Plasticity of Arterial and Venous Endothelial Cell Identity
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The vascular endothelium, the innermost lining of the blood vessel wall, forms a critical barrier between blood and all tissues. Endothelial injury in large caliber arteries contributes to coronary artery disease, stroke, and peripheral artery disease, whereas endothelial injury in veins may predispose to venous thromboembolic disease such as deep vein thrombosis and pulmonary embolism. Accumulating studies over the past few decades revealed that endothelial cells (ECs) from arteries, veins, and lymphatic vessels exhibit important differences with respect to their appearance, function, regenerative capacity, and molecular repertoire. The identification of specific markers for arterial (EphrinB2) and venous (EphB4) ECs lead to the appreciation that upstream signaling pathways may govern arterial versus venous EC fate specification.1–4 For example, vascular endothelial growth factor (VEGF)-mediated induction of extracellular signal regulated kinase (ERK) activation facilitates the induction of Dll4/Notch signaling leading to arterial EphrinB2 expression.2–4 In contrast, transcriptional activation of Coup-TFII (chicken ovalbumin upstream promoter transcription factor II) inhibits the VEGF receptor neuropilin to suppress notch signaling, thereby inducing venous marker expression.5 The role of VEGF in promoting arterial EC identity has been well recognized from genetic ablation studies across species. However, VEGF-independent mechanisms may also be contributory as suggested by the observation that arterial VEGF expression is significantly reduced after birth.6 In addition, the heterogeneity of ECs within the vessel wall7 raises the question of flexibility of EC identity toward arterial or venous differentiation. In keeping with this, arterial cells contribute to venous vessels, and venous cells may differentiate into arteries or lymphatic ECs in zebrafish embryos.8,9 Collectively, these studies suggest that extrinsic factors, potentially independent of VEGF, may govern EC fate plasticity during development and in their maintenance in adult vessels.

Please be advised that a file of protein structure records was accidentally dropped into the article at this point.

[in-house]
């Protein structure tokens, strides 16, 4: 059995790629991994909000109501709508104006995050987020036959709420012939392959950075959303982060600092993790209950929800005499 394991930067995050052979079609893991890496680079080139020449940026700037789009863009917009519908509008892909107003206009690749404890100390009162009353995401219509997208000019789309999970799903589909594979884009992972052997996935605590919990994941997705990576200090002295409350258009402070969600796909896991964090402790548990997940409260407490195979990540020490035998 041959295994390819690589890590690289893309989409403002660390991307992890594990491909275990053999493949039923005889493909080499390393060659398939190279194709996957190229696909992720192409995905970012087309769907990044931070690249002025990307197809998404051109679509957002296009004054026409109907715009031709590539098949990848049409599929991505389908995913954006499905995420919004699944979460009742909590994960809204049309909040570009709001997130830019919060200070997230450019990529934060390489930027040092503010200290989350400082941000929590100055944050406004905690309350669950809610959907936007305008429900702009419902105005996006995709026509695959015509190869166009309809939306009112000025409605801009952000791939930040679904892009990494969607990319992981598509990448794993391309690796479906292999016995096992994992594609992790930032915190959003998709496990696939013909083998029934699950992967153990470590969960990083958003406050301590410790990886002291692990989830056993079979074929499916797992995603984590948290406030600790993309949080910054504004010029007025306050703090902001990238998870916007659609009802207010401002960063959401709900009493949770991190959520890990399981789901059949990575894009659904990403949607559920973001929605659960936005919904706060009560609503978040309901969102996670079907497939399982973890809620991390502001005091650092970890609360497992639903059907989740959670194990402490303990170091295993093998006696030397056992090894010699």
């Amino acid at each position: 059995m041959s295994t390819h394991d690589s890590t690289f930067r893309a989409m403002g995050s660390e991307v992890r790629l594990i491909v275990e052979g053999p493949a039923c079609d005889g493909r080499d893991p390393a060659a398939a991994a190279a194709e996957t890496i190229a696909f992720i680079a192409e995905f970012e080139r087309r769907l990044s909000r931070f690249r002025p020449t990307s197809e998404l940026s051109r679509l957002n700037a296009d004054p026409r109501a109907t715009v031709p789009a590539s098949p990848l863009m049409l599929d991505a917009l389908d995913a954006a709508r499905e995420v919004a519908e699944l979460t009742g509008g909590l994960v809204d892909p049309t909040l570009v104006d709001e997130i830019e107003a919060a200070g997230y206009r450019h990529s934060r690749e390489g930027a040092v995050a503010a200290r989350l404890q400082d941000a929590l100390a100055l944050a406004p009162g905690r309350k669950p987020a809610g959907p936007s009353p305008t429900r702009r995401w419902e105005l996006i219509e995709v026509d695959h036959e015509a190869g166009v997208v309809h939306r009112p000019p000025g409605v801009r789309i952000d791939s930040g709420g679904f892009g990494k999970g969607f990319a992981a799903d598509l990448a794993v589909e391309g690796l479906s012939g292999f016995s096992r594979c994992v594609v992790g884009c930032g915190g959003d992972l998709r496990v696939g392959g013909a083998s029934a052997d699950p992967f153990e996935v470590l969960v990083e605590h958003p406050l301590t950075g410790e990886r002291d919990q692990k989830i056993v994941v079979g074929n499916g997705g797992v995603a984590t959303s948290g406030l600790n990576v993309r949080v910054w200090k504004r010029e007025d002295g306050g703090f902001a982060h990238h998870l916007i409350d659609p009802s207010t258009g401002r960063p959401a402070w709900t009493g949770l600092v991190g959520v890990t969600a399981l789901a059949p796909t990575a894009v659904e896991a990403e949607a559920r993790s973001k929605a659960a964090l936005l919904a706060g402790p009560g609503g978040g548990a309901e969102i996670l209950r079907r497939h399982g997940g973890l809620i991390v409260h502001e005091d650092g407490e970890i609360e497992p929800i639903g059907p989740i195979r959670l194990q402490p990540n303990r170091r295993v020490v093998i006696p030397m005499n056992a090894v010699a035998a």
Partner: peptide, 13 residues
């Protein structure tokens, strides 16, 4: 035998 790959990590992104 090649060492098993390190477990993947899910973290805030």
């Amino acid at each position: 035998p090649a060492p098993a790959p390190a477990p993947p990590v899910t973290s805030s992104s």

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In this issue of Circulation …